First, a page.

If you’re ever concerned about a company’s ability to keep your information protected, then it’s best not to use that panel.
Also, it’s important to note that the organization you work for may prohibit you from using this type of site, so you may want to check with a human resources representative before you sign up.
Tips for Taking These Surveys
We have a few general tips that could prove to be useful in helping you earn as much as possible from your medical surveys.
First, always be sure to fill out your full profile as soon as you sign up.
This gives the panel a better idea of who you are, what you do, and what interests you have in the healthcare industry so that it can target survey invites to you.
This can also help you prequalify for surveys and make the qualification/screening process a little quicker for you before you begin one.
We also suggest having an email address dedicated to all your medical surveys.
Sign up for each panel with this address only to keep your personal inbox free from clutter from survey news and invites.
It should also help you find invites more easily instead of risking them getting lost in a filled inbox.
Finally, try to stay active.
Active survey takers tend to get more opportunities sent their way than those who only sign on once every couple of months to complete a survey.
It’s better to be an active member of two or three panels than to only complete a couple of surveys a year for ten panels.
Log into your dedicated email inbox daily to view new invites and see if you qualify for any new surveys.
You may also want to log into the survey sites just to make sure you’re not missing any invites that didn’t make it to your email (it happens on occasion!).
Where to Find Physician Surveys
There are several excellent sites that provide surveys for physicians and other medical professionals.
Here are our top five picks based on their activity level and payout amounts, plus some other good choices:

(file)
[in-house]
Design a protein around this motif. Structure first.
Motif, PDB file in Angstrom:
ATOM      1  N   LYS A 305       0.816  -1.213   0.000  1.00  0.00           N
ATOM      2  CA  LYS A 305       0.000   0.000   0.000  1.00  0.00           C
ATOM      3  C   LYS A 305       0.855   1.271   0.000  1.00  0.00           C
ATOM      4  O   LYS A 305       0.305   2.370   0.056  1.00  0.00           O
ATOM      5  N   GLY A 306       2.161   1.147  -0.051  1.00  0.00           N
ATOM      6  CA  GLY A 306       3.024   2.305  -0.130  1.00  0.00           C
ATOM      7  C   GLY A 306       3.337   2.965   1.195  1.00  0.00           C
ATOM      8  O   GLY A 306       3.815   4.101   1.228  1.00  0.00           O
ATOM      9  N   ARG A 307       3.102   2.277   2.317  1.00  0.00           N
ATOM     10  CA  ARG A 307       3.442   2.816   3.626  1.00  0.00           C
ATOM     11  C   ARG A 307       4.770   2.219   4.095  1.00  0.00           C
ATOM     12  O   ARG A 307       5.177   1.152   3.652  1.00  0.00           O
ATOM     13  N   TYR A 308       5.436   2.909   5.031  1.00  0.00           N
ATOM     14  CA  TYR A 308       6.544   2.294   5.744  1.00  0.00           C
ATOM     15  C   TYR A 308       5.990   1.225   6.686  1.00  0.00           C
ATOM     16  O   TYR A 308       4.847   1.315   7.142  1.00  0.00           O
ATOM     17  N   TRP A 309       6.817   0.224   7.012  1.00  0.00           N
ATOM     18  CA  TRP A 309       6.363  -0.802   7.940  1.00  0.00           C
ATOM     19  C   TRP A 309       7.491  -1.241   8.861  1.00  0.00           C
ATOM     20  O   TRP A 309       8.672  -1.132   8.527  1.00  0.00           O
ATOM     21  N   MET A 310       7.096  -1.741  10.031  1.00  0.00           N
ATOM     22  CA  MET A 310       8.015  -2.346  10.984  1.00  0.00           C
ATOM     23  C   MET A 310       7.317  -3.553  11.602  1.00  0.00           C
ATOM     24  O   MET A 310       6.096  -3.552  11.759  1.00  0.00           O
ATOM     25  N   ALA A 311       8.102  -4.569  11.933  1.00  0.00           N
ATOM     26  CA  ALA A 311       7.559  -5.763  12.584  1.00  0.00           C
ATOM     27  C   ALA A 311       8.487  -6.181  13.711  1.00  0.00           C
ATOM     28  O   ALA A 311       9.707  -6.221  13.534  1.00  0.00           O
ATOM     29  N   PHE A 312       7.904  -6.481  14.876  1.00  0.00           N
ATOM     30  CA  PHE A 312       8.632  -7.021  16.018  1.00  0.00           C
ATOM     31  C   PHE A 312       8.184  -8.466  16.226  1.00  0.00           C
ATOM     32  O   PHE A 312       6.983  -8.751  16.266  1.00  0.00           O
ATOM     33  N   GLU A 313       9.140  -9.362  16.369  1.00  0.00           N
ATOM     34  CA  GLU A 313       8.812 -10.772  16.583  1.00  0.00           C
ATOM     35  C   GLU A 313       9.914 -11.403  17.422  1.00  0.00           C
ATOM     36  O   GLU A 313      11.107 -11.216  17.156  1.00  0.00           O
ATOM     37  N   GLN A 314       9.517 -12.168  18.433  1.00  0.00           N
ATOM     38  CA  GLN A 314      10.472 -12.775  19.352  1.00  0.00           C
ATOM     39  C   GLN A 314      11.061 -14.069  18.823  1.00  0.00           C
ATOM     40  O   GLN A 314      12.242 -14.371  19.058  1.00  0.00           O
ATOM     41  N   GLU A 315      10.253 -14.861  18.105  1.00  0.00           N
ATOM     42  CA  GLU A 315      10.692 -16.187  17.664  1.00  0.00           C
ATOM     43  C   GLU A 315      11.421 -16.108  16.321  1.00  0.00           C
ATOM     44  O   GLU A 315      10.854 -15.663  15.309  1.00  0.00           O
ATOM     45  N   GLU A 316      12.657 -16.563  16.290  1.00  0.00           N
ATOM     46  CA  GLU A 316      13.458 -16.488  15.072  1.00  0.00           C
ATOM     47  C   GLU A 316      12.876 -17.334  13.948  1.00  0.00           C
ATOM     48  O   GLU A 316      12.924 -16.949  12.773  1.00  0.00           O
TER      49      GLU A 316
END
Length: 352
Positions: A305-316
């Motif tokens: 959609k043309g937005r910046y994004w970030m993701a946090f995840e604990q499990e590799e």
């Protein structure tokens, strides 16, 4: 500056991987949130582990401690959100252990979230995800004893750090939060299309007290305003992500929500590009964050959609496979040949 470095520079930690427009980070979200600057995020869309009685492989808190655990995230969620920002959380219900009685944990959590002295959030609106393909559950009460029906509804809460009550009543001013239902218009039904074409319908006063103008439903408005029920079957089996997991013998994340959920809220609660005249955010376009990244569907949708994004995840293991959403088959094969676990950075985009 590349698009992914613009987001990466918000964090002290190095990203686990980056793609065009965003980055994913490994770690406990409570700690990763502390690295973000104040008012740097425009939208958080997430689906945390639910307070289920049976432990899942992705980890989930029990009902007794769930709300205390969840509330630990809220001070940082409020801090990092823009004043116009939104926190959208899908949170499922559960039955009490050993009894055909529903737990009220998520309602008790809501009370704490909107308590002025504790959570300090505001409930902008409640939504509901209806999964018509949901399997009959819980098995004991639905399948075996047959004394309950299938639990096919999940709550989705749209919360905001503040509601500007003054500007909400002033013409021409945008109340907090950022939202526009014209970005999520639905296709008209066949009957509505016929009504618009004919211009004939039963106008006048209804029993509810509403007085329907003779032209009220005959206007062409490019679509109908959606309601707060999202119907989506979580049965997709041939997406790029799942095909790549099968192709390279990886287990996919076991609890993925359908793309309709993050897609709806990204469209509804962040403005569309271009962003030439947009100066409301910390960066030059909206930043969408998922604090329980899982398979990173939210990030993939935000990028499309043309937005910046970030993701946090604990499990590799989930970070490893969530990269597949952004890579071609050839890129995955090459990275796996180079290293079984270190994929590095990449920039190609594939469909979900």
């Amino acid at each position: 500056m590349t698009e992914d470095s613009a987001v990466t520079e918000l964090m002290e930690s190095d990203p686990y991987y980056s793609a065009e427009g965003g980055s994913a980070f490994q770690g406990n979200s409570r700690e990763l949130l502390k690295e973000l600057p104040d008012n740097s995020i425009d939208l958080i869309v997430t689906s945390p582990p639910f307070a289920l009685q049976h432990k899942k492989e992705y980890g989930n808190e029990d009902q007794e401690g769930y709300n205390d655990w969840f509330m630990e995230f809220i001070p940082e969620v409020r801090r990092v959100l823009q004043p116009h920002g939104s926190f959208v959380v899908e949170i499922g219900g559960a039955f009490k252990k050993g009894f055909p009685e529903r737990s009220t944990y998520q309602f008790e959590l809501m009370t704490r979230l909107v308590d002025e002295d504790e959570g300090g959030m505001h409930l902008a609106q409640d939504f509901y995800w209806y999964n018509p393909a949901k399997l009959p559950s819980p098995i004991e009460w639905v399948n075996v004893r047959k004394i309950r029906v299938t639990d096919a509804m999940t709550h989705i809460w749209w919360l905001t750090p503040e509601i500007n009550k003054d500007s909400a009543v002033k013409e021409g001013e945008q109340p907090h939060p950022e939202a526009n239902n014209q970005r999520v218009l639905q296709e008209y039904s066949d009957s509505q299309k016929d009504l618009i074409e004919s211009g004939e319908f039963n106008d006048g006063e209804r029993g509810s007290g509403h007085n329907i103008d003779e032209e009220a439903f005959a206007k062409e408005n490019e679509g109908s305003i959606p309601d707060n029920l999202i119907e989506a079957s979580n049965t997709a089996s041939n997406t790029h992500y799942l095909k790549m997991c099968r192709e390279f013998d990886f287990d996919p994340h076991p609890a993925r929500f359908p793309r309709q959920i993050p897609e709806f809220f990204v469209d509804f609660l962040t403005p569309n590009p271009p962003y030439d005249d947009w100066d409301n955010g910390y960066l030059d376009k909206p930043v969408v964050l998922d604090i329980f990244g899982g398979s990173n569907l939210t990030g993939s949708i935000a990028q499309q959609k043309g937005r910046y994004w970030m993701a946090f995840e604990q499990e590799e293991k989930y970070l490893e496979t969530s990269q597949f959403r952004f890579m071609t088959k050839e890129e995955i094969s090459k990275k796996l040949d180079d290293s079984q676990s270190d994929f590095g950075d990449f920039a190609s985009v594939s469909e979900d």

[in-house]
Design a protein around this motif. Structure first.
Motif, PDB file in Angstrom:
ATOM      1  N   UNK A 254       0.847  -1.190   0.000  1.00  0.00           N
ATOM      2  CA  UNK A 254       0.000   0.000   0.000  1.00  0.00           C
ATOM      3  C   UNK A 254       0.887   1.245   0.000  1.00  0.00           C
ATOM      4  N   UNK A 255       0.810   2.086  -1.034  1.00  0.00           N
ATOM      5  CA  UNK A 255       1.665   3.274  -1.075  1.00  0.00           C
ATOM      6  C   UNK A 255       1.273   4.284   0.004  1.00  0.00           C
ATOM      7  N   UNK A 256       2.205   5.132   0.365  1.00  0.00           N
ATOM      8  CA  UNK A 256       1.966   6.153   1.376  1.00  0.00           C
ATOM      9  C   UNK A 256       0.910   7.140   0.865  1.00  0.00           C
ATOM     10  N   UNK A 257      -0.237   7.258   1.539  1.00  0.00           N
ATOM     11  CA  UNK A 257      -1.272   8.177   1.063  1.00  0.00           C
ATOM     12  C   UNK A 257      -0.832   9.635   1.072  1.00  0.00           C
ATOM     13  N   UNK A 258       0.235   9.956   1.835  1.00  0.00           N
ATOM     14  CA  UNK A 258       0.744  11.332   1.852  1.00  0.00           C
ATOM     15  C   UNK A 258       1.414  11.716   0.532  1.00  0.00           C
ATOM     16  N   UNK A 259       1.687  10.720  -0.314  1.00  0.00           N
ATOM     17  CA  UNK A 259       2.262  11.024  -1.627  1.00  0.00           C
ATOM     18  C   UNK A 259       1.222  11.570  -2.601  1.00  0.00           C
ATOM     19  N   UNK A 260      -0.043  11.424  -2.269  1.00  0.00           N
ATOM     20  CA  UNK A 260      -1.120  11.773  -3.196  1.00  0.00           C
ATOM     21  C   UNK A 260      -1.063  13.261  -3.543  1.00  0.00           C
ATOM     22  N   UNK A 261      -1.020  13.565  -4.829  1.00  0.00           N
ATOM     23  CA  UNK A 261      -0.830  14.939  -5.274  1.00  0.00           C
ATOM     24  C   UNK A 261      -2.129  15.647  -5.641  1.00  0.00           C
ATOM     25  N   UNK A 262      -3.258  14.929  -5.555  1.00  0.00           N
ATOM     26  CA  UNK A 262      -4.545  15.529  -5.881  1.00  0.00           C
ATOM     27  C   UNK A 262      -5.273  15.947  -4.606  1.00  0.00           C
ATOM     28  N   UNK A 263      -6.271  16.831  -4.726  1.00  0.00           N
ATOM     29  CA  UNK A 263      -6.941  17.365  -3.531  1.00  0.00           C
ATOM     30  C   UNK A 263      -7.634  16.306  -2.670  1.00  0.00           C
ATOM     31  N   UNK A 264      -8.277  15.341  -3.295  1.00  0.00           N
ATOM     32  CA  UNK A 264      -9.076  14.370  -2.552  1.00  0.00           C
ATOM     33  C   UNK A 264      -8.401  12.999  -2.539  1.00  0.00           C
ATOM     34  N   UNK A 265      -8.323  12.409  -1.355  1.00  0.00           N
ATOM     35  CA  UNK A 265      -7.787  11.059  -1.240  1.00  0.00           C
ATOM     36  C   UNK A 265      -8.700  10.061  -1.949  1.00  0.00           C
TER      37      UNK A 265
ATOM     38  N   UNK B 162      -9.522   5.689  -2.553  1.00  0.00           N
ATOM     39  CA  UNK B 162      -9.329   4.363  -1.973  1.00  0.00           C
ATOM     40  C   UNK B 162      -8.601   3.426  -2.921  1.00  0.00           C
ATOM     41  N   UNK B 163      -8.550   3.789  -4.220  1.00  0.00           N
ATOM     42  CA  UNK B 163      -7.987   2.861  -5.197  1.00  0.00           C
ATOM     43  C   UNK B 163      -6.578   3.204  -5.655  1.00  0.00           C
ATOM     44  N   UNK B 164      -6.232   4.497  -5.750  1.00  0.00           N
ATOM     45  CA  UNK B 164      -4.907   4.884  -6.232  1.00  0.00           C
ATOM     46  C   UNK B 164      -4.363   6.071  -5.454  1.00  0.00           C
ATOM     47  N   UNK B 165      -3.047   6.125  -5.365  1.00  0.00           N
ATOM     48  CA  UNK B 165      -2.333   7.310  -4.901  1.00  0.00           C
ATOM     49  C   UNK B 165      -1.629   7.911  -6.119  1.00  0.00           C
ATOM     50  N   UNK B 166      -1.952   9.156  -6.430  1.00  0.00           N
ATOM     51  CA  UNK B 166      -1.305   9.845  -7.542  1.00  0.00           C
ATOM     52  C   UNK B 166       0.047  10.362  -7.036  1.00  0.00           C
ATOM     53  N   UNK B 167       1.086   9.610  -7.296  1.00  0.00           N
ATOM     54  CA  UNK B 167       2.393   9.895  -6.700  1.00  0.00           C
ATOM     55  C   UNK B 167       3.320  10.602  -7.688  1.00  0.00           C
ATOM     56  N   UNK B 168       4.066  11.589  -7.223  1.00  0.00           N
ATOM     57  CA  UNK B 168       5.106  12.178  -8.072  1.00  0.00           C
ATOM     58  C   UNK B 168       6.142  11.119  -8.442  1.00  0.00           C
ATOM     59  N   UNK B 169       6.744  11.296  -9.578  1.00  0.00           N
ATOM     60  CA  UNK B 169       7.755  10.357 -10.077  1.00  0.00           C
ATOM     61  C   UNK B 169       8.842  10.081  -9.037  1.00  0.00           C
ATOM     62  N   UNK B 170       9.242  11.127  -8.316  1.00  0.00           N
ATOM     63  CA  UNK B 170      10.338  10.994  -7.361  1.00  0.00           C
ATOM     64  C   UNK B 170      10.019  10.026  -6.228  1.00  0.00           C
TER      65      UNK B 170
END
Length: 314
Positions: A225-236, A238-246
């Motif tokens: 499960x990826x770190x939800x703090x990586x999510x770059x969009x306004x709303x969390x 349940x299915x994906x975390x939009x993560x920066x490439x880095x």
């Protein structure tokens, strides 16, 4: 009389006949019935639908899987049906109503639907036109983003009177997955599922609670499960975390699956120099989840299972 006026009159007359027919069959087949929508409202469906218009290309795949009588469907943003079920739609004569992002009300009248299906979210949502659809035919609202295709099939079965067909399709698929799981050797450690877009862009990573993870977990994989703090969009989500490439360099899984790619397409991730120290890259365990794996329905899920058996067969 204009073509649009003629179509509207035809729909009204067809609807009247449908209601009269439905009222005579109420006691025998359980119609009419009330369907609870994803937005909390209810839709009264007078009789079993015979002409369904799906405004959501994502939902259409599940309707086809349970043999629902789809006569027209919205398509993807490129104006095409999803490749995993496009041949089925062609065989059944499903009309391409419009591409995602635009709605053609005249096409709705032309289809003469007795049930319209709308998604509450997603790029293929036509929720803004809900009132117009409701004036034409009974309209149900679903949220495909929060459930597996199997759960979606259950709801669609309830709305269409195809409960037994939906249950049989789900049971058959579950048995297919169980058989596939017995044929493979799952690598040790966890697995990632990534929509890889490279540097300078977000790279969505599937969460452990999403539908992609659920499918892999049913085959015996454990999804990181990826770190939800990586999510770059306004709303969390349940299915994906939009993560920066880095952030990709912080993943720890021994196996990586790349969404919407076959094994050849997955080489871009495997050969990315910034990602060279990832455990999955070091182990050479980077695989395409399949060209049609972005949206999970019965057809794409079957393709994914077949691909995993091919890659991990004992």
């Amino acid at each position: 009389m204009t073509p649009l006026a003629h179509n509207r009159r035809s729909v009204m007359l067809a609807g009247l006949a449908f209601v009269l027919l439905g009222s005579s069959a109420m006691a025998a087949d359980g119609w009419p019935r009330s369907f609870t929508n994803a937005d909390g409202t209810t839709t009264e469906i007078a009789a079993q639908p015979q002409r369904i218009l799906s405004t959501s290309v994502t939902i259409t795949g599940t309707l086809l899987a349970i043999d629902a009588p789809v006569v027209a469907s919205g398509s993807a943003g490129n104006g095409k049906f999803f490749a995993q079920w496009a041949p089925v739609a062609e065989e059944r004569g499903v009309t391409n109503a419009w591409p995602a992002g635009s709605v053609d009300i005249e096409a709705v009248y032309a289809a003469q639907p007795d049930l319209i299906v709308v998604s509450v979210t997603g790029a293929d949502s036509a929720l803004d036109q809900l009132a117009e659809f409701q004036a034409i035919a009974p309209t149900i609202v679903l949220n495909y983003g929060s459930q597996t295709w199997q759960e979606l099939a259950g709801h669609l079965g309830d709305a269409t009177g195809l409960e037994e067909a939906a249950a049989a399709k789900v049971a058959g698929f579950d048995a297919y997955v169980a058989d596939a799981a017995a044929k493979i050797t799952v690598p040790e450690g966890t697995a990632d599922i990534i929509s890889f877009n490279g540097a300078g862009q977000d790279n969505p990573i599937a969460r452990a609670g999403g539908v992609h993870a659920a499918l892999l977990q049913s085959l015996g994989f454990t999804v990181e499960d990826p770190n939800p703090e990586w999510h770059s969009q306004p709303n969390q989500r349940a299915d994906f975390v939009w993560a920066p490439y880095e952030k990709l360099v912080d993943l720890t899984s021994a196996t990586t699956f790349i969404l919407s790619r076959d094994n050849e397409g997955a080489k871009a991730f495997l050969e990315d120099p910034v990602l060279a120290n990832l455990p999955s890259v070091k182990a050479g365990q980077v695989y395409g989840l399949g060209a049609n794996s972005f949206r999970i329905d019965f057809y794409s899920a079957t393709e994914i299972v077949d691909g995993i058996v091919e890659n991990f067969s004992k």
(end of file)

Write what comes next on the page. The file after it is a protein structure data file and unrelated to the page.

SERMO is more of a full community for medical professionals where you can network with others, get second opinions, or just chat about your day.
But it also provides opportunities for those in the medical field to get paid for their expertise with studies.
Most studies will take anywhere from 30 to 60 minutes and have a limited number of participants for each, and they pay well (often, between $30 to $100).
According to the site, SERMO pays in cash honoraria for each survey rather than rewards.
MedPanel is another panel for medical professionals, including hospital employees, nurses, pharmacists, and even medical office personnel, like billing specialists.
It’s available in a wide range of countries, so this is a good opportunity for you if you’re outside of the typical survey-focused countries, like the US and UK.
Rewards typically come in the form of cash, which can range between a few dollars for short studies to over $100 for longer ones.
The Science Advisory Board
The Science Advisory Board specifically looks for medical professionals who complete clinical research studies or participate in clinical care testing and studies to help its panel.
Recent graduates can also apply, in some cases, if their credentials fit the bill.
These studies will be quite in-depth and relate to your research and expertise, so you can expect to get rewarded fairly.
You’ll receive points for each completed study, which you can turn in for one of several rewards The Science Advisory Board offers in its catalog.
MNOW is by invitation only, but you can request to join the panel by entering your information on the website’s front page.
From there, the company will determine if you’re a good fit for the clients it’s working with right now based on your exact profession, expertise, etc.
The company offers multiple rewards for participating medical professionals, including mailed checks and prepaid debit cards.
E-Rewards Medical is brought to you by the same people that created E-Rewards, a survey panel for the general population.
This site is specifically for those in various medical fields to lend their expertise to healthcare-related surveys.
When it’s time to redeem your rewards, you can do so with a check or a virtual or physical prepaid Visa card.
Want a few other medical survey sites to choose from?
Here are other top contenders, however, we always advise reading through the Terms of Service and Help pages before signing up:
- InCrowd Answers
- M3 Global Research
- Physicians Round Table
- Reckner Healthcare Surveys
- Truth On Call
Paid Medical Surveys: Final Thoughts
Being in the medical profession can be extremely rewarding in itself but getting to also shape market research with your participation in medical-focused studies can make your rewards even greater.
You’ll have a hand in the future of medicine and the medical industry while making a little (or sometimes, a lot!) of extra money on the side.
You deserve to get paid for your expertise, so it might be worth it to you to join one of the panels we’ve listed above and see how it works for you.
Be sure to share this post with any medical professionals you know who might be interested in participating in these surveys.